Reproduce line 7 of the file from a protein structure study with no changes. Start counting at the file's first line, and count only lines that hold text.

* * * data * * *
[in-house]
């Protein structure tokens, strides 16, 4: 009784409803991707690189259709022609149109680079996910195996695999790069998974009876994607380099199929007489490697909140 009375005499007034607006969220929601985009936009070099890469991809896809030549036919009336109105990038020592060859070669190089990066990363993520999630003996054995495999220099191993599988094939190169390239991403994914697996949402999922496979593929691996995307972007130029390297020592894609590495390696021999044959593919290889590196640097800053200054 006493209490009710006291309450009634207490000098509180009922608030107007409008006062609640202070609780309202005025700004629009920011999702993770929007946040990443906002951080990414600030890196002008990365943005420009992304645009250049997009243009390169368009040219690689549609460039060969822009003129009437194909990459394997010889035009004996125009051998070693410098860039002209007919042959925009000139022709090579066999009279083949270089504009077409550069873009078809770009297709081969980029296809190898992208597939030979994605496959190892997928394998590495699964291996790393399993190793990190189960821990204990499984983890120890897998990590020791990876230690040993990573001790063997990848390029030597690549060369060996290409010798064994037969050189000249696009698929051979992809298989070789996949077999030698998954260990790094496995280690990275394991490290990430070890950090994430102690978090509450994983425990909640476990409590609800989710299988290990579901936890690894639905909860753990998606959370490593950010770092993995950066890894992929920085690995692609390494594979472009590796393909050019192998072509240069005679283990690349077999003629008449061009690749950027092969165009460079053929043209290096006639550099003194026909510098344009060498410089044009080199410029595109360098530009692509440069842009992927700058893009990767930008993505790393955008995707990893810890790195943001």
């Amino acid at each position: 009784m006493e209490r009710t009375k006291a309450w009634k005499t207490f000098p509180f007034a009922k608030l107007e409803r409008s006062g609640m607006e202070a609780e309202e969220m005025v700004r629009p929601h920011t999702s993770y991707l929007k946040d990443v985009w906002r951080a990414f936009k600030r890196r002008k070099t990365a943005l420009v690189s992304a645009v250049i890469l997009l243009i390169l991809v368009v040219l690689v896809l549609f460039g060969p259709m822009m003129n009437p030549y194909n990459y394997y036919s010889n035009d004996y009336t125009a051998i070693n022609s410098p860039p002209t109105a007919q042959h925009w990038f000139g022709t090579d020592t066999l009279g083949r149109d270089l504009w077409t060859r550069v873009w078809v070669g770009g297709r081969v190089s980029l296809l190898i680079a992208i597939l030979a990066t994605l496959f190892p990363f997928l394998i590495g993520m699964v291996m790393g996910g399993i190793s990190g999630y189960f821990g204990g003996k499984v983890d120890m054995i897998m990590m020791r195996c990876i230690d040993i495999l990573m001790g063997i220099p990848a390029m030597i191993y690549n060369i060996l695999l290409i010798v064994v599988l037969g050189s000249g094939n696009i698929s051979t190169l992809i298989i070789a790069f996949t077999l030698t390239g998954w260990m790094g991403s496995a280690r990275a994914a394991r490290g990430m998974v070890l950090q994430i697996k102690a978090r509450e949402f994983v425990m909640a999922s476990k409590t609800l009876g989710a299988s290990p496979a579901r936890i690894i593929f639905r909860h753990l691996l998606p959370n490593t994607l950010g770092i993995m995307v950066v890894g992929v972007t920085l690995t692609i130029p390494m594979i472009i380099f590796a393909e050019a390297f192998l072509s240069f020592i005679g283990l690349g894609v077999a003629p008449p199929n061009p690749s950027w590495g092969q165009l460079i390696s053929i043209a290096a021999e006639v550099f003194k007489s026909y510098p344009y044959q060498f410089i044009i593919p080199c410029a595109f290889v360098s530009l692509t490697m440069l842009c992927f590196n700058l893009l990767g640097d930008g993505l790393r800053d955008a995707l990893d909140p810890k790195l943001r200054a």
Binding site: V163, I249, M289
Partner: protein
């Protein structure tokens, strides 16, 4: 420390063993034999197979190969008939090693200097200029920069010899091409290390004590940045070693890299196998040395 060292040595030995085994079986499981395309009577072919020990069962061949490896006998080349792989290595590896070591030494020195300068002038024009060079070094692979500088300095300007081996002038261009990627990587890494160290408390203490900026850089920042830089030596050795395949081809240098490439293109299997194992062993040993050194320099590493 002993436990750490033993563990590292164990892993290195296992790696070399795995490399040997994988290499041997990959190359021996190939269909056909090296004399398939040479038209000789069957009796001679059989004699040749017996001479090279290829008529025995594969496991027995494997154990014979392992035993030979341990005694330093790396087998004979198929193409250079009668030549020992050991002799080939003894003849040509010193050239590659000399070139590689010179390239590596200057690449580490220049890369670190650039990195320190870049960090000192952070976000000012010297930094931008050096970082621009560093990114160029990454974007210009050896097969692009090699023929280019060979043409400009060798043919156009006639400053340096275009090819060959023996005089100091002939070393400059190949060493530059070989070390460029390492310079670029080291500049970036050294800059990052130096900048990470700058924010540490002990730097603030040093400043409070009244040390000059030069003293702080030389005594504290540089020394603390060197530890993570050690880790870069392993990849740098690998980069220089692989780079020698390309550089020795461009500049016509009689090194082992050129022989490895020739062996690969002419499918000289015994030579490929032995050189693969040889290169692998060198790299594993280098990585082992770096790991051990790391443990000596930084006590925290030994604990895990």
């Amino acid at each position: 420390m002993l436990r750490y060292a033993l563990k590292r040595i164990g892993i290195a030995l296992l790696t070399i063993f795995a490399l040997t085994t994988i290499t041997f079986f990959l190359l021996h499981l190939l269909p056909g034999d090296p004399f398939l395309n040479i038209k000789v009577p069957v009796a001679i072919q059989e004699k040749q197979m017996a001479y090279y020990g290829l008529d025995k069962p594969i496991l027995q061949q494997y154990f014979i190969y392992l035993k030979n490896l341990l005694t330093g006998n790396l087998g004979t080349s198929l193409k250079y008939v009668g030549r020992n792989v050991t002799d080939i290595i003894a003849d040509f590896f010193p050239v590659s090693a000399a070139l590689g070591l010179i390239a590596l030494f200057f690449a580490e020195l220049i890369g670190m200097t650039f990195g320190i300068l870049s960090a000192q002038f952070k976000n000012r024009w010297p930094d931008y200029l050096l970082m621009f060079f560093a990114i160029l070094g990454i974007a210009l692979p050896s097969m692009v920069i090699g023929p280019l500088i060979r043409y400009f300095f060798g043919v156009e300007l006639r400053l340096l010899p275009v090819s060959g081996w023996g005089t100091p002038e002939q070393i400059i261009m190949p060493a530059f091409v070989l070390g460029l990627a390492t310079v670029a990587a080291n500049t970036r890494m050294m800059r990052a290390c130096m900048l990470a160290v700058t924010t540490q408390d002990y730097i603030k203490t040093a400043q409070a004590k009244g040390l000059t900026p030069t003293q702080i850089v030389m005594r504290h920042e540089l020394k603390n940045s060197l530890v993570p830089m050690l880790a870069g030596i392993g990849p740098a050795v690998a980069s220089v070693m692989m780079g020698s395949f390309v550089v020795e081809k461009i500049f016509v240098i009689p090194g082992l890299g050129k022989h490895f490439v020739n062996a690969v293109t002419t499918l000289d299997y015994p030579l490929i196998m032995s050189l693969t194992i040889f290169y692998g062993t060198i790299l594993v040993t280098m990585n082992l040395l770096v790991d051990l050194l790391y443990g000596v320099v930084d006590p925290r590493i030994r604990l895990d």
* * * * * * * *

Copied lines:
């Amino acid at each position: 420390m002993l436990r750490y060292a033993l563990k590292r040595i164990g892993i290195a030995l296992l790696t070399i063993f795995a490399l040997t085994t994988i290499t041997f079986f990959l190359l021996h499981l190939l269909p056909g034999d090296p004399f398939l395309n040479i038209k000789v009577p069957v009796a001679i072919q059989e004699k040749q197979m017996a001479y090279y020990g290829l008529d025995k069962p594969i496991l027995q061949q494997y154990f014979i190969y392992l035993k030979n490896l341990l005694t330093g006998n790396l087998g004979t080349s198929l193409k250079y008939v009668g030549r020992n792989v050991t002799d080939i290595i003894a003849d040509f590896f010193p050239v590659s090693a000399a070139l590689g070591l010179i390239a590596l030494f200057f690449a580490e020195l220049i890369g670190m200097t650039f990195g320190i300068l870049s960090a000192q002038f952070k976000n000012r024009w010297p930094d931008y200029l050096l970082m621009f060079f560093a990114i160029l070094g990454i974007a210009l692979p050896s097969m692009v920069i090699g023929p280019l500088i060979r043409y400009f300095f060798g043919v156009e300007l006639r400053l340096l010899p275009v090819s060959g081996w023996g005089t100091p002038e002939q070393i400059i261009m190949p060493a530059f091409v070989l070390g460029l990627a390492t310079v670029a990587a080291n500049t970036r890494m050294m800059r990052a290390c130096m900048l990470a160290v700058t924010t540490q408390d002990y730097i603030k203490t040093a400043q409070a004590k009244g040390l000059t900026p030069t003293q702080i850089v030389m005594r504290h920042e540089l020394k603390n940045s060197l530890v993570p830089m050690l880790a870069g030596i392993g990849p740098a050795v690998a980069s220089v070693m692989m780079g020698s395949f390309v550089v020795e081809k461009i500049f016509v240098i009689p090194g082992l890299g050129k022989h490895f490439v020739n062996a690969v293109t002419t499918l000289d299997y015994p030579l490929i196998m032995s050189l693969t194992i040889f290169y692998g062993t060198i790299l594993v040993t280098m990585n082992l040395l770096v790991d051990l050194l790391y443990g000596v320099v930084d006590p925290r590493i030994r604990l895990d």